But then, in 2017, the same Academy issued a further, briefer, clarification. More nuanced and understanding of context. It suggested that the 2005 document needed to be revised and updated …

Especially in consideration of the fact that the cell lines currently used are very distant from the original abortions and no longer imply that bond of moral cooperation indispensable for an ethically negative evaluation of their use.

On the other hand, the moral obligation to guarantee the vaccination coverage necessary for the safety of others is no less urgent, especially the safety more vulnerable subjects such as pregnant women and those affected by immunodeficiency who cannot be vaccinated against these diseases.

As for the question of the vaccines that used or may have used cells coming from voluntarily aborted foetuses in their preparation, it must be specified that the ‘wrong’ in the moral sense lies in the actions, not in the vaccines or the material itself.

The technical characteristics of the production of the vaccines most commonly used in childhood lead us to exclude that there is a morally relevant cooperation between those who use these vaccines today and the practice of voluntary abortion. Hence, we believe that all clinically recommended vaccinations can be used with a clear conscience and that the use of such vaccines does not signify some sort of cooperation with voluntary abortion. While the commitment to ensuring that every vaccine has no connection in its preparation to any material of originating from an abortion, the moral responsibility to vaccinate is reiterated in order to avoid serious health risks for children and the general population.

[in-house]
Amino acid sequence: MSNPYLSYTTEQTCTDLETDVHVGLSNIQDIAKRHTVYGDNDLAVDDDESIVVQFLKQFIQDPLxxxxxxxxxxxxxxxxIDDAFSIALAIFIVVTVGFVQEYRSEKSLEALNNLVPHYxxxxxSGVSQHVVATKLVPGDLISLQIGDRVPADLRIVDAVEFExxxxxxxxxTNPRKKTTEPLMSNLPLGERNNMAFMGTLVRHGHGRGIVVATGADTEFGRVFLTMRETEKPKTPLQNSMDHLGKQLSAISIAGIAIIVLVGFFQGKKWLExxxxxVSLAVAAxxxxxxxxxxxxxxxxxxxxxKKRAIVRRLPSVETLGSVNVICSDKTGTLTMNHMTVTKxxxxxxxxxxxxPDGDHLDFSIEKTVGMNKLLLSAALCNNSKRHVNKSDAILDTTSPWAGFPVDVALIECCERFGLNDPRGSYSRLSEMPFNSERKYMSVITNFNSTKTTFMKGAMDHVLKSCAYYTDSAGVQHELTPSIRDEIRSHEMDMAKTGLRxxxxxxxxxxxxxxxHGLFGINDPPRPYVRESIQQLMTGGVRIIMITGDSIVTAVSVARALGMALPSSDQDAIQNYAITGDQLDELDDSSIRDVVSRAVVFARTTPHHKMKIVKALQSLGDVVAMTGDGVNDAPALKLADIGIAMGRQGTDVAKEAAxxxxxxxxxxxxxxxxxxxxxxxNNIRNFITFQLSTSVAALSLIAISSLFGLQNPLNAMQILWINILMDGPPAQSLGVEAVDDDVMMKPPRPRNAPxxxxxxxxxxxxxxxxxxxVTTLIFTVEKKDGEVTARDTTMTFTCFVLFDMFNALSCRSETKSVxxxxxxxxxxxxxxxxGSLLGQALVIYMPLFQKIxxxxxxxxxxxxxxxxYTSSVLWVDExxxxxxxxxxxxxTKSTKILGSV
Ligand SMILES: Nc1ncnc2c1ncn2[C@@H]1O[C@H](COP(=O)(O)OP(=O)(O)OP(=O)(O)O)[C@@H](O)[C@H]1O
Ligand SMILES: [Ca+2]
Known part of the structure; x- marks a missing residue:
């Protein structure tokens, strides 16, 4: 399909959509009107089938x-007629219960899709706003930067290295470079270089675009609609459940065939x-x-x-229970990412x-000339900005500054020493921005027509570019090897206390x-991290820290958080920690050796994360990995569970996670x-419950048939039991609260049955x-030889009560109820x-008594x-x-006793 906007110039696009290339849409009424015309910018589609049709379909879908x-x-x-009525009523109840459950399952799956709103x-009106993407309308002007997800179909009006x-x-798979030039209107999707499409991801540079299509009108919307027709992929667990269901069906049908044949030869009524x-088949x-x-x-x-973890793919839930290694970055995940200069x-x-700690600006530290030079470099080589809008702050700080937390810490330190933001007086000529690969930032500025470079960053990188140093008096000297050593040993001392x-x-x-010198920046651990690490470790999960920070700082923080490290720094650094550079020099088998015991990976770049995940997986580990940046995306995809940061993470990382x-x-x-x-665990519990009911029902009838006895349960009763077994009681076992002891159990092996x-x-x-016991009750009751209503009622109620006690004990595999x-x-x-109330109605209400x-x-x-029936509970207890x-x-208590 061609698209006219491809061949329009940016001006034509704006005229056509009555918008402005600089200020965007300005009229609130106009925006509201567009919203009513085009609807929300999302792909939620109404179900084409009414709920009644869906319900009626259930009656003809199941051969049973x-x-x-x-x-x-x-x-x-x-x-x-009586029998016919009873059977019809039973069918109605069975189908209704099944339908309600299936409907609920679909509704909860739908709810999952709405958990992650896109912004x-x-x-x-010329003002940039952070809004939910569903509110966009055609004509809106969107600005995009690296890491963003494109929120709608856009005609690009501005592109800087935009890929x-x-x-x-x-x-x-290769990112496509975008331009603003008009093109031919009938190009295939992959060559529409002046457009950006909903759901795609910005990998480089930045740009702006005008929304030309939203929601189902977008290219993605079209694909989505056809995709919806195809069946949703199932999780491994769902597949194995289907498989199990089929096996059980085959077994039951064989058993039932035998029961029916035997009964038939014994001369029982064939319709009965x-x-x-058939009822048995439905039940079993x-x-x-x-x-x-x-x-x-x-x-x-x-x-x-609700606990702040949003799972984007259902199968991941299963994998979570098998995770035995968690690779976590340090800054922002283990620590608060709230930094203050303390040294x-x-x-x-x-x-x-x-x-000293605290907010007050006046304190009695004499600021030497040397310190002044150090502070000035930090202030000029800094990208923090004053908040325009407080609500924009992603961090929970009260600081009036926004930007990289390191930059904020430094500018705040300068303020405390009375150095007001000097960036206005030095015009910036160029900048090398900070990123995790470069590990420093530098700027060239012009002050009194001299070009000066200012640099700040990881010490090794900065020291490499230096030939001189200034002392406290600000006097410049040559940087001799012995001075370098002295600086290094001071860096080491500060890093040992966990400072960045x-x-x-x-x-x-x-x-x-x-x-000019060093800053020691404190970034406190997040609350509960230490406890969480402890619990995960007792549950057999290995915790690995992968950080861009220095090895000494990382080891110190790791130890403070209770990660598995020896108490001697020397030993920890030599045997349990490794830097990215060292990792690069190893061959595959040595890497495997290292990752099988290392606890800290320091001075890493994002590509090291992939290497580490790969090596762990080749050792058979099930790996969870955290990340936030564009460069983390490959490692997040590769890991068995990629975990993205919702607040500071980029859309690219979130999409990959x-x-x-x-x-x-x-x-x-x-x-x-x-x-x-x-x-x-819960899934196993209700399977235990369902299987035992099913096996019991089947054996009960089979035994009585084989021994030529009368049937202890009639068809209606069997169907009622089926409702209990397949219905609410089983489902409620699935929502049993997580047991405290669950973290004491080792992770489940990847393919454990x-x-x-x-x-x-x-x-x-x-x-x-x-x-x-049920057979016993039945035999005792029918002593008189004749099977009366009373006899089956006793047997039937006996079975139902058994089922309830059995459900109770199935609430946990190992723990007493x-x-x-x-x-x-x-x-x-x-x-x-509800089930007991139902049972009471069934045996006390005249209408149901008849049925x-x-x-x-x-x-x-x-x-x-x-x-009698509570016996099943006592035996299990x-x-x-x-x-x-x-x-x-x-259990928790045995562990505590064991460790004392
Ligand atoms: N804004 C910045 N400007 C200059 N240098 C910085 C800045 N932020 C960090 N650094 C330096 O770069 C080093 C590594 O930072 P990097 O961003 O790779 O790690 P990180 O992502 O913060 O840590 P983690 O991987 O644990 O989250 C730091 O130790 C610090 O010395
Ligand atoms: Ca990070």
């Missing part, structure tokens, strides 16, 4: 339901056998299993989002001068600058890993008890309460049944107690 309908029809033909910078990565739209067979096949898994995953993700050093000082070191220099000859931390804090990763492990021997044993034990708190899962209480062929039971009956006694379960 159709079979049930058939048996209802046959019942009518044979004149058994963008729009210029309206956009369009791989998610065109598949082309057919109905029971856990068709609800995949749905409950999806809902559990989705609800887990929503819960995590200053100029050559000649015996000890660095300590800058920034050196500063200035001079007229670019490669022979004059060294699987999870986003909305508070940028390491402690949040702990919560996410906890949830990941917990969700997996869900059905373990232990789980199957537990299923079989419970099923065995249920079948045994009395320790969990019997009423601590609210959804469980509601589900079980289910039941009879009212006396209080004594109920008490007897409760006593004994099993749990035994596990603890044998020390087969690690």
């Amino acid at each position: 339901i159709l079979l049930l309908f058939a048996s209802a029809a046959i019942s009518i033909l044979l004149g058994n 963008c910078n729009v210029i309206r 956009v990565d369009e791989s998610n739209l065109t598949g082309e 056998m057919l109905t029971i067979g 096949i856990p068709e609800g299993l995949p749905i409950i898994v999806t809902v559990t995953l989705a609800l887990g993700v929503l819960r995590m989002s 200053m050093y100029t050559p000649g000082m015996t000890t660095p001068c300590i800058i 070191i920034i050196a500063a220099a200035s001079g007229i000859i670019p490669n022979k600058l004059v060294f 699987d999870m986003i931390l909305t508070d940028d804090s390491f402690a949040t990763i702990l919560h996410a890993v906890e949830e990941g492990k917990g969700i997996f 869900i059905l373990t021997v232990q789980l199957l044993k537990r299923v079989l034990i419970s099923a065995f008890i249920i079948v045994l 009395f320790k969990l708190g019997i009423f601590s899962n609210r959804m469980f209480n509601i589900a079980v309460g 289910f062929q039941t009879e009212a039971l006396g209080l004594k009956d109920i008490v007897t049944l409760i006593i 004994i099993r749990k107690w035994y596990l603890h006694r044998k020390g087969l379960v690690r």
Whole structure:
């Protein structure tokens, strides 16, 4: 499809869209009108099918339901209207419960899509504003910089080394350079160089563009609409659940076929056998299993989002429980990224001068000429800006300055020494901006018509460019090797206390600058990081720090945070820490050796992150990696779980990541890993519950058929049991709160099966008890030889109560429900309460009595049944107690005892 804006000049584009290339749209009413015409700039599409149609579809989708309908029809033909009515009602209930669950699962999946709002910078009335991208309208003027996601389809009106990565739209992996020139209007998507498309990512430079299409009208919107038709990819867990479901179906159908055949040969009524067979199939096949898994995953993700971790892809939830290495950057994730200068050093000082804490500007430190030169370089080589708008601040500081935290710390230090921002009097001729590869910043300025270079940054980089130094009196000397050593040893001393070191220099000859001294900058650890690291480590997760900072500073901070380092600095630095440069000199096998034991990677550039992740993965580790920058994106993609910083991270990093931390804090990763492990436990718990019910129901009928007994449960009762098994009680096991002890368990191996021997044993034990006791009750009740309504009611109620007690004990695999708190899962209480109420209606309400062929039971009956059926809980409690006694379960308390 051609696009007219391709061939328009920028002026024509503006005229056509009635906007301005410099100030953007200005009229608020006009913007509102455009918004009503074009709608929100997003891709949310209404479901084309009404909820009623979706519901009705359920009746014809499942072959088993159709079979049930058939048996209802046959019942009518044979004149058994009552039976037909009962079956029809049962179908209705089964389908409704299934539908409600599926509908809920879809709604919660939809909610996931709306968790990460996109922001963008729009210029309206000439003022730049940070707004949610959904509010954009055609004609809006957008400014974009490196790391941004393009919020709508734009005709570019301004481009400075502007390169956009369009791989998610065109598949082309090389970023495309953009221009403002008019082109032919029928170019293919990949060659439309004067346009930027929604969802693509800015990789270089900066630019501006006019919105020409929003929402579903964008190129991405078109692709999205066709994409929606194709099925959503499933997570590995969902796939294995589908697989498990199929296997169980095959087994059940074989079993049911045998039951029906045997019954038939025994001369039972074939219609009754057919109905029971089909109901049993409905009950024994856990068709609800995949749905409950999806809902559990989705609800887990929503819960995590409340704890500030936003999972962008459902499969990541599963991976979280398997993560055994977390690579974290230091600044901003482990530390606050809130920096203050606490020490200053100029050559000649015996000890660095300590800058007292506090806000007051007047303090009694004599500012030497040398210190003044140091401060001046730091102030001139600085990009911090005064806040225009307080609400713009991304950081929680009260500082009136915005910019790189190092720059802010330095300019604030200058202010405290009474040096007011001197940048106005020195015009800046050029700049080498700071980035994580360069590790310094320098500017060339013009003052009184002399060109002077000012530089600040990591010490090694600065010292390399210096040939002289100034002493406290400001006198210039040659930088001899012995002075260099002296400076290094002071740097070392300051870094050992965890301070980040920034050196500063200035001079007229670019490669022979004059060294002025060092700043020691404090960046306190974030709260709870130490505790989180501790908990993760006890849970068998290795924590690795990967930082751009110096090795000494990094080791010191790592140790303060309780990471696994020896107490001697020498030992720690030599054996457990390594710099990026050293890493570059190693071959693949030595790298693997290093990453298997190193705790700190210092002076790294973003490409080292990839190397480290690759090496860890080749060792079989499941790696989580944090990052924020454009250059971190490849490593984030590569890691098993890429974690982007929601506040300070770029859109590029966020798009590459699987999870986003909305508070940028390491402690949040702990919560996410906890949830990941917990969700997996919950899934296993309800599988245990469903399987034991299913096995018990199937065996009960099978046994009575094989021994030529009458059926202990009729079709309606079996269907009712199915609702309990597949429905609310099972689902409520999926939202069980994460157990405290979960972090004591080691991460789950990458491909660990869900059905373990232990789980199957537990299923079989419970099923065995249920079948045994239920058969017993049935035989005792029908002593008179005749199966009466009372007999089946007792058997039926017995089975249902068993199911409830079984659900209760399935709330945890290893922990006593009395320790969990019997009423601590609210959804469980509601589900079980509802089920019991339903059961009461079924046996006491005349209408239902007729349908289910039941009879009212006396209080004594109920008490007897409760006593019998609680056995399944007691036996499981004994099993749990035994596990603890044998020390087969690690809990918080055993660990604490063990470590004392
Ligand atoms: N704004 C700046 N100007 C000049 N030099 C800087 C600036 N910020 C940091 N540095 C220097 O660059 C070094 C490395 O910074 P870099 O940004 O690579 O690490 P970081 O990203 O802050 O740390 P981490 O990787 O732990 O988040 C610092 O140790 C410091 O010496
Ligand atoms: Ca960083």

The current Archbishops’ letter is a respectful one. These three Church leaders are not ‘anti-vaxxers’. Elsewhere, Archbishop Fisher has stated, ‘I, for one, don’t think it would be unethical to use this vaccine if there is no alternative available. To do so would not be to cooperate in any abortion occurring in the past or the future’. But he was troubled that others, acting in good conscience, may be conflicted, placed at risk, disadvantaged, victimised or contribute to weakening ‘herd immunity’.

Familiarity with the Pontifical Academy’s most recent assessment may offer those concerned people a reassuring counsel. Discerning where is the proportionate, or the great-er, good is a wise and commended approach. But, in the end, for them, one’s conscience must be followed – even if that comes with a consequence and a cost.

This article first appeared in the St Aloysius newsletter The Gonzagan.